Celosia Plant Death: Reasons For Celosia Plants Dying

sick celosia
sick celosia
(Image credit: Vladimir1965)

Thomas Jefferson once referred to celosia as “a flower like the prince’s feather.” Also known as cockscomb, the unique, brightly colored plumes of celosia fit in all types of gardens. A perennial in zones 8 through 10, celosia is often grown as an annual in cooler climates. Not only does it produce a variety of brightly colored blooms, many types of celosia also have red stems and/or foliage. Due to their preference for full sun and drier soils, celosia is excellent for use in containers and xeriscaping. When grown in the right conditions, celosia can be a long-blooming, low maintenance plant, but it can also be susceptible to certain pests and diseases. If you’ve found yourself wondering: “why is my celosia dying,” continue reading to learn about common celosia problems.

Celosia Plant Death from Pests

One of the most common causes for celosia plant death is an infestation of mites. Mites are related to spiders, they have eight legs and may be detected by the fine, tiny web-like strings they produce. However, mites are so small that they often go unnoticed until they have created much damage to the plant. These tiny creatures hide on the underside of leaves and in cracks and crevices of plants. They quickly reproduce so that several generations of mites may be sucking your plant foliage dry. If plant foliage begins to turn brown-bronze and become dry and brittle, closely inspect the plant for mites. To treat mites, spray all surfaces of the plant with neem oil or insecticidal soap. Ladybugs are also beneficial allies in controlling mites.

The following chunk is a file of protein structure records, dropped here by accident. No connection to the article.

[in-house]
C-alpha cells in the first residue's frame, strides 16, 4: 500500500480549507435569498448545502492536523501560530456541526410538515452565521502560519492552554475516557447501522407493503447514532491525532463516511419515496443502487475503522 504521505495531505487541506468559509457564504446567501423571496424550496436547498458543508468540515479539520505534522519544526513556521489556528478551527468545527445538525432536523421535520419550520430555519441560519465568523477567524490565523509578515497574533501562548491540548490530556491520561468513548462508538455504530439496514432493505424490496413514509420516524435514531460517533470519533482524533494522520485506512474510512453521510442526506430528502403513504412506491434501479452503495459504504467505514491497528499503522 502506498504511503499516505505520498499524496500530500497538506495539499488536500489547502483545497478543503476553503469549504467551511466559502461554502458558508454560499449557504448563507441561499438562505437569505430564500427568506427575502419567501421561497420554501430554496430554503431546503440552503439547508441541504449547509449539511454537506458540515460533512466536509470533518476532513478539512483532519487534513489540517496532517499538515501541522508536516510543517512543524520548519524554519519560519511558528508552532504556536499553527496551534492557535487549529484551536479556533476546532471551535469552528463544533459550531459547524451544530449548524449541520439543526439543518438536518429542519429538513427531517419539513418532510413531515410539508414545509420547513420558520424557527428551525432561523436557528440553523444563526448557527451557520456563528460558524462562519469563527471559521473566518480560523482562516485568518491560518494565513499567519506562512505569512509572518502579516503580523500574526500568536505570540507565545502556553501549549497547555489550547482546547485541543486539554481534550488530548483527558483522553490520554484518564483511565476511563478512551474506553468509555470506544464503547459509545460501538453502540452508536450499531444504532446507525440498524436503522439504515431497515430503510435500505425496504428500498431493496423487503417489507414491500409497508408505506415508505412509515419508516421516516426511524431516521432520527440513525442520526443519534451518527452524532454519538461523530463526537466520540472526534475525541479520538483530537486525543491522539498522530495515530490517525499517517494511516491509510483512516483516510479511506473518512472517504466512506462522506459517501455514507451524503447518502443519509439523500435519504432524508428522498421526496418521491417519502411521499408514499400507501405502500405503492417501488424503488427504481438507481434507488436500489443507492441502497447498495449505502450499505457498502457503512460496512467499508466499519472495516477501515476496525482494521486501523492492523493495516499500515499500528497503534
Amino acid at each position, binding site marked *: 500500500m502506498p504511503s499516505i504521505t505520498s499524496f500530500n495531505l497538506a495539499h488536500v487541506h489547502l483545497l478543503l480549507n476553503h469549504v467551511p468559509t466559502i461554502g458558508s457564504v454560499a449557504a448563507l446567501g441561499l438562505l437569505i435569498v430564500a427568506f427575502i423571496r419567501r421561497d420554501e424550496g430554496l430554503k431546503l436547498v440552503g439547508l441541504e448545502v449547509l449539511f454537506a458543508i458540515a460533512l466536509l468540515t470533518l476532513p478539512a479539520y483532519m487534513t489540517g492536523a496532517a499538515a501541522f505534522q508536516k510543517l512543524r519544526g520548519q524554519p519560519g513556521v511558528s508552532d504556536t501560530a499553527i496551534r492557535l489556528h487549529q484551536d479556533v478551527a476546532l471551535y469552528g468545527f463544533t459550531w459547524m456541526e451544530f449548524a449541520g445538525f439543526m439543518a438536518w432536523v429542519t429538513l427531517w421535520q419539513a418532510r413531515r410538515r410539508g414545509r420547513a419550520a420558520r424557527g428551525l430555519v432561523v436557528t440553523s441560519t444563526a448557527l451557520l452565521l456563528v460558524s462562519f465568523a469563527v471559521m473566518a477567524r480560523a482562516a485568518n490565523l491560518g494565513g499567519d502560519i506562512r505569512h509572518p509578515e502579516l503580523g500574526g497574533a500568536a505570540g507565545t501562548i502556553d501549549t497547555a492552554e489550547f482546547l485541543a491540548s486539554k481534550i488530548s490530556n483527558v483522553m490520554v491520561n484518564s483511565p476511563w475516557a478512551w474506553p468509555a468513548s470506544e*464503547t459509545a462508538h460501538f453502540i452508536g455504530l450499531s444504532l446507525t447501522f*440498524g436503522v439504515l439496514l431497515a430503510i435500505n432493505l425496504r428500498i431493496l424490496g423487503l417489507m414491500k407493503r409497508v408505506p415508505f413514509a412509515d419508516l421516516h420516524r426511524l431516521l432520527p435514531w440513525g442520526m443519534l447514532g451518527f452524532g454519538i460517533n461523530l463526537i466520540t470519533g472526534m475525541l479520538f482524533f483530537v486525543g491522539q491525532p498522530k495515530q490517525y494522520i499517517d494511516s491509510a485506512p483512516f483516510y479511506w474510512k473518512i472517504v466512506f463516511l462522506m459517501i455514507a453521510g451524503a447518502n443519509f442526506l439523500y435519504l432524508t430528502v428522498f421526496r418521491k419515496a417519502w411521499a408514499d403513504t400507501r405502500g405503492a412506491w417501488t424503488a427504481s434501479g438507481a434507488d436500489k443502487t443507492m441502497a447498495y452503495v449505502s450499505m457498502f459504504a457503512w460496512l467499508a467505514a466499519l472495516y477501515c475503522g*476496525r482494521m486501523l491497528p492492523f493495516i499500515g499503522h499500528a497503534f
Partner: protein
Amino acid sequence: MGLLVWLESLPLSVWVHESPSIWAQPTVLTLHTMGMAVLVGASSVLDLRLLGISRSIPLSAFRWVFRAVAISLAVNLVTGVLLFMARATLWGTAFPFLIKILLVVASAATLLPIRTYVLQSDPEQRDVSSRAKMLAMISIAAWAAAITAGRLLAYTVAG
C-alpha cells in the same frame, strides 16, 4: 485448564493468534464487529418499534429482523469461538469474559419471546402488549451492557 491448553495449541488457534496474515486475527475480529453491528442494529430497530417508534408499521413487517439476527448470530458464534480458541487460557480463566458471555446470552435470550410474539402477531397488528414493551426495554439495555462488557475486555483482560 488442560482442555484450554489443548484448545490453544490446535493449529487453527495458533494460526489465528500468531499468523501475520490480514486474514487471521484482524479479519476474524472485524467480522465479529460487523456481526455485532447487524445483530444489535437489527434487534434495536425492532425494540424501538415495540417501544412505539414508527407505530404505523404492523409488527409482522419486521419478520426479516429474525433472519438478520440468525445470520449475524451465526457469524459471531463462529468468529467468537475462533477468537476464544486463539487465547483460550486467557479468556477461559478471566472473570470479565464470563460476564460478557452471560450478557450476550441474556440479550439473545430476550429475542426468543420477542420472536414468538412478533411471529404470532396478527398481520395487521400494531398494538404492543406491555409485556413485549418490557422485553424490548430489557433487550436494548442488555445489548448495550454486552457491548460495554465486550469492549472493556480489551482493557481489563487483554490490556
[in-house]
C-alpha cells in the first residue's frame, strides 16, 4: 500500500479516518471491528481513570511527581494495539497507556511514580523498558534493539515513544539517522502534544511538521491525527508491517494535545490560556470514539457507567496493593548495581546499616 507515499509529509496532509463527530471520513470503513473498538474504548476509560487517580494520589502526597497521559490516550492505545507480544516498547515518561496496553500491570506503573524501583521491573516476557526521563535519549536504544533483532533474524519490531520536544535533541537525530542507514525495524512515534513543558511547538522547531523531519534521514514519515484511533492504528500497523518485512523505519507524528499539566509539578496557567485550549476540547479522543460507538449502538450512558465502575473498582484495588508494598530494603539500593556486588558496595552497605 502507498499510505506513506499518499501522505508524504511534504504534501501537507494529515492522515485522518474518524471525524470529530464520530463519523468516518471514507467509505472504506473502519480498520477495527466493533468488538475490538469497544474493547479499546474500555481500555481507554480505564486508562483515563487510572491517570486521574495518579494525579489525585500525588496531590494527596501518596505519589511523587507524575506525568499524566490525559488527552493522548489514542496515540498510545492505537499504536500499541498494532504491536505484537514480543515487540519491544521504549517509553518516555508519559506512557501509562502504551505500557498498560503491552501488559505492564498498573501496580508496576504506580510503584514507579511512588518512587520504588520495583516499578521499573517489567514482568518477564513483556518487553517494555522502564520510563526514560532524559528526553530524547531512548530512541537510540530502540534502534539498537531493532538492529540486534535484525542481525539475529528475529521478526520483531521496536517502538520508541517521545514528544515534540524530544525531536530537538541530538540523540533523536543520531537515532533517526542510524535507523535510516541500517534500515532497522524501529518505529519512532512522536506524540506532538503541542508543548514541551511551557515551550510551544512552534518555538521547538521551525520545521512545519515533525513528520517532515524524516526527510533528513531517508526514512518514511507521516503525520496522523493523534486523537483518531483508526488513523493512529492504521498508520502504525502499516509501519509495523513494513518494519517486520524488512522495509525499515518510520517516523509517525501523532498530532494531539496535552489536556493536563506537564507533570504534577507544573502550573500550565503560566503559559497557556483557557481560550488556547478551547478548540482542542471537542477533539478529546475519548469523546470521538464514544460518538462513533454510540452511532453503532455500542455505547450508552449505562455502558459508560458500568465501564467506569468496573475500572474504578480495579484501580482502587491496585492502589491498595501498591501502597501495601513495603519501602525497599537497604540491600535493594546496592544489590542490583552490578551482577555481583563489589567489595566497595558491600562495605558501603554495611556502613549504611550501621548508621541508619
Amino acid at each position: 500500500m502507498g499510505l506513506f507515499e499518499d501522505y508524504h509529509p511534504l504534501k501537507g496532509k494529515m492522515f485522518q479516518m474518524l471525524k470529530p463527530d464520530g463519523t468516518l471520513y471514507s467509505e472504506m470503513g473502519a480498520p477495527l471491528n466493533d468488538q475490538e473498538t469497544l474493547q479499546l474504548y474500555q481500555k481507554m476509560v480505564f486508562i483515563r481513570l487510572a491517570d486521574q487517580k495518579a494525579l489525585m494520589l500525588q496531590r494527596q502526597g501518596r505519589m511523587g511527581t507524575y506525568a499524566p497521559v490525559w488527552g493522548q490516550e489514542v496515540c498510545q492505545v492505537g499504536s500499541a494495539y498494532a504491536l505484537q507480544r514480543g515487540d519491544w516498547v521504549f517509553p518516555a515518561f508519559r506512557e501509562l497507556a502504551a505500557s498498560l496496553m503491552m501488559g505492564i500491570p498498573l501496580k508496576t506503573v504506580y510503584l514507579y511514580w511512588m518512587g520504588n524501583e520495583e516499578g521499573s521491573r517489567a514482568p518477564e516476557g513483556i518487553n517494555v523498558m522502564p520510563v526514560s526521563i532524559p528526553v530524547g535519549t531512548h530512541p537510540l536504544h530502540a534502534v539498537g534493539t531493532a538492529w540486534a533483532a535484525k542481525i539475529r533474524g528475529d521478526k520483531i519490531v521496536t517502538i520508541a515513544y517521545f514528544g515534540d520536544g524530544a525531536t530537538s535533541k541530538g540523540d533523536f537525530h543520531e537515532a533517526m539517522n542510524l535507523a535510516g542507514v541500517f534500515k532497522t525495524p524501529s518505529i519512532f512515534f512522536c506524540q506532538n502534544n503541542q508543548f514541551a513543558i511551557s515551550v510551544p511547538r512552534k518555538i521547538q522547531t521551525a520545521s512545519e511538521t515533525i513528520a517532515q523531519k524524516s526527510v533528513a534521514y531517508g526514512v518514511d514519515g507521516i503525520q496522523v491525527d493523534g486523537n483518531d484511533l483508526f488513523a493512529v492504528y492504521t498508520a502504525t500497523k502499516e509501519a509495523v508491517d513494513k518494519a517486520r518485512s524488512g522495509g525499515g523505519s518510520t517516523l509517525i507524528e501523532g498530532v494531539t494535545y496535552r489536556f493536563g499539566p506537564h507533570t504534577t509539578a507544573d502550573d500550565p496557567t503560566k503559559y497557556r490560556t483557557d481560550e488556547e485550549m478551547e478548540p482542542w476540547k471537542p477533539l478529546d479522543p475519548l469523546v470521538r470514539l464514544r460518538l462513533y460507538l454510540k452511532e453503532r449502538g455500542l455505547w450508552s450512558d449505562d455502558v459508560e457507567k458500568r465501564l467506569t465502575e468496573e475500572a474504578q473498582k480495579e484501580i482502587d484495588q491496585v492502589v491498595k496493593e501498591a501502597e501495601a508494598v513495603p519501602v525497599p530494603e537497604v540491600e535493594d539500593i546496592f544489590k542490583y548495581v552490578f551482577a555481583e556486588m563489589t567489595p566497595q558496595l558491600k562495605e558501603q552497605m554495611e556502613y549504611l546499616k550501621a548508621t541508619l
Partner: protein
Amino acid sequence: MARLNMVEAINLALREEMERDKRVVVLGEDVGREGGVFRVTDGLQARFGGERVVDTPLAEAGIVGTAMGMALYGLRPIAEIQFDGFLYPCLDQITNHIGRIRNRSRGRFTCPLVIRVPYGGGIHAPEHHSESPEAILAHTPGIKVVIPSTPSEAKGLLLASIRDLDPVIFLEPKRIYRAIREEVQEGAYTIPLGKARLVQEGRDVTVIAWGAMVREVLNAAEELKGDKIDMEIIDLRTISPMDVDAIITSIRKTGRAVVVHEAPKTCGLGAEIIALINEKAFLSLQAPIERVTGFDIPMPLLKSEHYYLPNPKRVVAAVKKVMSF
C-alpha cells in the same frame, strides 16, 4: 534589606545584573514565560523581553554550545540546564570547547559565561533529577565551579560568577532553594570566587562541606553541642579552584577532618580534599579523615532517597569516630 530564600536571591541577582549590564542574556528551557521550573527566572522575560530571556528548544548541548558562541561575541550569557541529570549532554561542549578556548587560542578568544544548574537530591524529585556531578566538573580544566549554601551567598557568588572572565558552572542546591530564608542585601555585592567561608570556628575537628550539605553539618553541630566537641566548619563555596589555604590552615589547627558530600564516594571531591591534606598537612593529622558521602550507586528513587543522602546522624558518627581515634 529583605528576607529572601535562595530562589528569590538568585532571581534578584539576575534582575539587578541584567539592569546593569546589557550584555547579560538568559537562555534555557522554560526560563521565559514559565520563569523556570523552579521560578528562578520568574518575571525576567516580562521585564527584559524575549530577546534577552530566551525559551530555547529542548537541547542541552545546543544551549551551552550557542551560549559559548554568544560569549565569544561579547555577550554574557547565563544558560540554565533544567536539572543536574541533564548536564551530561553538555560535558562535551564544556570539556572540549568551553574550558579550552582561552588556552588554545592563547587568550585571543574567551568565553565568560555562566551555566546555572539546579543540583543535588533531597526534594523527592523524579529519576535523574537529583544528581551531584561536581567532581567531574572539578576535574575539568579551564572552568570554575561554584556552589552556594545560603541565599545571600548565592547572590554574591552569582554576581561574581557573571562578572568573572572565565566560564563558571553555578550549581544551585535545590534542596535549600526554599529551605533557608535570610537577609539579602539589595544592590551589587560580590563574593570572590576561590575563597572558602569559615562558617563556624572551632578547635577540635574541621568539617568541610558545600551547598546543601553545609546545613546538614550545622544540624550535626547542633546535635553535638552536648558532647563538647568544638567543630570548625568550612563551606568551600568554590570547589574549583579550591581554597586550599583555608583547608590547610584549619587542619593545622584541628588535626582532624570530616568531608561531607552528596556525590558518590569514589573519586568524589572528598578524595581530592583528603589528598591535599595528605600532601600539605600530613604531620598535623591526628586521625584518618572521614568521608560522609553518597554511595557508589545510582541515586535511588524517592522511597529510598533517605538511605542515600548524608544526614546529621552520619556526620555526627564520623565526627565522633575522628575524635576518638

Celosia Plants Dying from Fungus

Two fungal diseases that celosia plants are susceptible to are leaf spot and stem rot. Leaf spot – Symptoms of leaf spot are brownish tan spots on the foliage. Eventually, the tissue spots may become holes. If fungal leaf spot is left to spread too much, it can kill the plant by destroying enough plant tissue that the plant cannot properly photosynthesize. Leaf spot can be treated with copper fungicide if caught early enough. Increasing air circulation, sunlight, and watering the plant at the soil level can help prevent leaf spot. When spraying any products on plants, you should do it on a cool, cloudy day. Stem rot – This is a soil borne fungal disease. It can lay dormant in soil for a long time until the right conditions cause it to infect any nearby plant. Cool, wet weather followed by extremely hot and humid conditions often trigger the growth and spread of stem rot. Stem rot symptoms appear as gray-black, water-soaked spots on the stems and lower foliage of plants. Eventually, the disease will rot right through the plant stem, causing the plant to die. While there is no cure for stem rot, it can be prevented by creating better air circulation, increasing sunlight, and watering celosia plants gently at soil level to prevent major splash back. Overwatering can also lead to stem and crown rot. Always water plants deeply but infrequently.

Darcy Larum